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fatin nabilah

on 25 September 2013

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Transcript of SITE ANALYSIS

Step 1 - Establish the Development Context
Step 2 - Understand the Site
Step 3 - Prepare a Site Analysis Plan

Site Analysis Requirements
Planning and Development Objectives of the Site Clarifying the Development Plan requirements.
Relationship of the Site to the Local Environment
Relationship of the Site to Adjoining Properties
Physical Characteristics of the Site

Step 1 - Establish the Development

identifying and explaining graphically:
a) The key influences on the design
b) How the proposed development will relate to the immediate surroundings.

Step 2 - Understand the Site

Step 3 - Prepare a Site Analysis Plan

The site visit is one of the first things in the design process. After the completion of a site visit, a detailed site analysis has to be done so as to really grasp the features of the site, which will be very important during the design. Here are some of the points one must pay attention during the site visit as well as during the site analysis and study.

*Temperature & sun path
*Soil type & condition
*Vegetation & natural features
*Infrastructure facilities
*Surrounding land uses & buildings
*Prominent vision lines / visual linkages
*Locally available resources

What is involved in a site analysis?
The purpose of the site analysis is to record and evaluate information on the site and its surroundings, and to use this evaluation in the design response.
Site analysis is more than just collecting information about the site.
The site analysis should identify issues that will influence the design of a development in order to make a considered response to both site opportunities and constraints, to provide a good quality living environment, and respect, acknowledge and improve the character of the area.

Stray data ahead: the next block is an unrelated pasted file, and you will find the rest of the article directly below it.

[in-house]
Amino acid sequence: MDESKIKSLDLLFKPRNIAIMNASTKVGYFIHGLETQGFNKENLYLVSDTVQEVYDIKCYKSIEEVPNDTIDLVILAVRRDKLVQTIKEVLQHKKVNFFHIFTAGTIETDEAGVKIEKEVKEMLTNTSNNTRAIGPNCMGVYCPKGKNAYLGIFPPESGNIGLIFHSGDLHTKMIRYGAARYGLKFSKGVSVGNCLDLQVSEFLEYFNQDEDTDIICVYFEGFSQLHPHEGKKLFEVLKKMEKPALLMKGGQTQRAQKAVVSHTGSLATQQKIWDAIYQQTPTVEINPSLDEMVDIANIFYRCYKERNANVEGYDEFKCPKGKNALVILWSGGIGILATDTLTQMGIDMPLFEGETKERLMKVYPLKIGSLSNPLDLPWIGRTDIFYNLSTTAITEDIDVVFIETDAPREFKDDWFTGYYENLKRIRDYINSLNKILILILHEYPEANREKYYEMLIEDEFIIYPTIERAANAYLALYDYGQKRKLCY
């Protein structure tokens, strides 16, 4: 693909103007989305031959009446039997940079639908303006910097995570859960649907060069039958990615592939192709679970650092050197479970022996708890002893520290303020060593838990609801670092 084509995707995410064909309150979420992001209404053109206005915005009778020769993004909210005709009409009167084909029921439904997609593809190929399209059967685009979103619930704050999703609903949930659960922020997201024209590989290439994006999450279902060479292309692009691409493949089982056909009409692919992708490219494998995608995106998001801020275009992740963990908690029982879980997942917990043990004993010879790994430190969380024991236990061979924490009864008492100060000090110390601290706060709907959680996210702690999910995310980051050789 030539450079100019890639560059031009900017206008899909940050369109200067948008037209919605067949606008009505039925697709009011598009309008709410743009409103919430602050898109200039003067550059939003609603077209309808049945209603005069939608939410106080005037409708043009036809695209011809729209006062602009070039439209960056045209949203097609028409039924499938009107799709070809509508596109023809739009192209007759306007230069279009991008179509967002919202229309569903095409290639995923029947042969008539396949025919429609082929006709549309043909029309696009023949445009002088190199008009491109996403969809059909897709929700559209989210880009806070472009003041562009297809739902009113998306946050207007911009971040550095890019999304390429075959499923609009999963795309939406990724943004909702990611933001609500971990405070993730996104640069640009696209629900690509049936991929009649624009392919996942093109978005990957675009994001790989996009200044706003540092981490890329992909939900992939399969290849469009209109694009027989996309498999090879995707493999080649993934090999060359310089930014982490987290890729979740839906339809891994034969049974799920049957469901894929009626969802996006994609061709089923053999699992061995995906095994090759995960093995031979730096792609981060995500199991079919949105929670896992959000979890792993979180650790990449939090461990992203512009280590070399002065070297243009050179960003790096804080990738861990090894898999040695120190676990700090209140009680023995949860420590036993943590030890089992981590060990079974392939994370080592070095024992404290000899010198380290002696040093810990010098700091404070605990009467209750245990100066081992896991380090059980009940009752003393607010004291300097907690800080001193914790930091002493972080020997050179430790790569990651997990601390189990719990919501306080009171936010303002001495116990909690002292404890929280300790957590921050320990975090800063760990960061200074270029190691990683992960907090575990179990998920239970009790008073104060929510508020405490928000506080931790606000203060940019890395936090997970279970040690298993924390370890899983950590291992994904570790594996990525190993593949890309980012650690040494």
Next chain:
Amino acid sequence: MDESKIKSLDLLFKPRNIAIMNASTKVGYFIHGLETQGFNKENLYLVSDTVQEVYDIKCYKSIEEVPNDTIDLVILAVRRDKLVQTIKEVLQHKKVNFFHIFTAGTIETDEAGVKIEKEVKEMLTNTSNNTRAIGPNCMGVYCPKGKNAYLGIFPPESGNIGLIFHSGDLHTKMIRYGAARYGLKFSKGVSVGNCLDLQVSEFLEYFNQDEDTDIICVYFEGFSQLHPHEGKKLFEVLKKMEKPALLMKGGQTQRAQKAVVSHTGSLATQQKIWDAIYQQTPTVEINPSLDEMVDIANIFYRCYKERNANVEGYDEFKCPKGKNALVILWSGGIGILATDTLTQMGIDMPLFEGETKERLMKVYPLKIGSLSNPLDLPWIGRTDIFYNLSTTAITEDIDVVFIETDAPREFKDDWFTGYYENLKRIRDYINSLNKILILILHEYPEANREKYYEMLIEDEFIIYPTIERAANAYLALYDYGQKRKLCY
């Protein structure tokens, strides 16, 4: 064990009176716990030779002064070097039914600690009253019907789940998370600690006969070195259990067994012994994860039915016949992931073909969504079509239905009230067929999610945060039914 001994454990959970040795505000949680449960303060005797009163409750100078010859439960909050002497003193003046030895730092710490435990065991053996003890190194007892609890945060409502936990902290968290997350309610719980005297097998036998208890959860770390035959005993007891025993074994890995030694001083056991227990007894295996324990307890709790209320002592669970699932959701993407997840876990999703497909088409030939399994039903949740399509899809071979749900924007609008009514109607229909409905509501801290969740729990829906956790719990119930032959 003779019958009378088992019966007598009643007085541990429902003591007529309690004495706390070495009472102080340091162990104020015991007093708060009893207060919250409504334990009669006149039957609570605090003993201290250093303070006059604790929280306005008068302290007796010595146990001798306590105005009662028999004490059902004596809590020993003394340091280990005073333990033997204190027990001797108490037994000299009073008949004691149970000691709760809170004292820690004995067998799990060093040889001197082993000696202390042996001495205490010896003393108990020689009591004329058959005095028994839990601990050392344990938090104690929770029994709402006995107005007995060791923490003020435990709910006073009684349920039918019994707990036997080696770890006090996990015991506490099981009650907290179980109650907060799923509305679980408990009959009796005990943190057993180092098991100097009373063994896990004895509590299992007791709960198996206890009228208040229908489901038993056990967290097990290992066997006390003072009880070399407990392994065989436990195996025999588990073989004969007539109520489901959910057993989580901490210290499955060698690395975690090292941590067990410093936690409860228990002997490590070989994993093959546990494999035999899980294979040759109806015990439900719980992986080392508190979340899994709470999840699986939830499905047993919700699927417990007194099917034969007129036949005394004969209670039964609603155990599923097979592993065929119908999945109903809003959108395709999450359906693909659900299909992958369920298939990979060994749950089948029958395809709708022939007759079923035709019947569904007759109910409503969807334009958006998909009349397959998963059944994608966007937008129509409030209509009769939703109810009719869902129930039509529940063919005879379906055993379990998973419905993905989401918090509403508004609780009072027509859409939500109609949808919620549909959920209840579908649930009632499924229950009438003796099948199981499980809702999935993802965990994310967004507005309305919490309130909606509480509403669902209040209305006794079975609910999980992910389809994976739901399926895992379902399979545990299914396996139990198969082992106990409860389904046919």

*The site analysis results in a site context plan, which is then used as a prompt in developing the design for the site.
a) Orientation, direction and angle of slope

How does the sun move across the site?

b) Trees and other significant vegetation

*Are there any trees or other significant vegetation on site (including shrubs, grasses etc).
*Are there any opportunities to include these assets as features of the development?

c) Buildings
Indicate existing buildings on your site.
Are they worth retaining and incorporating in the development

d) Facilities and Utilities

Note the location of services, including the facilities and utilities including the street poles, pits, garbage storage sheds, landscaping and others surrounding the building

e) boundaries and easements
*Where are the boundaries and easements?
*Will the development be contained within the lease boundaries with setbacks?

The location and use of surrounding buildings

*What height are the buildings?
*What implications are there for your development, for example in relation to limiting potential overlooking or overshadowing, protection of views or setbacks for landscaping?

The built form, scale and character or surrounding
and nearby development

* Is there any obvious character to the streetscape or village in
terms of height, bulk, setback, building detailing or vegetation
character that can help influence or guide your design

f) Access points
Where is the potential access to your site?
Where do neighbours access their site?
What are the street and on-site parking conditions?

g) Building Element
Full transcript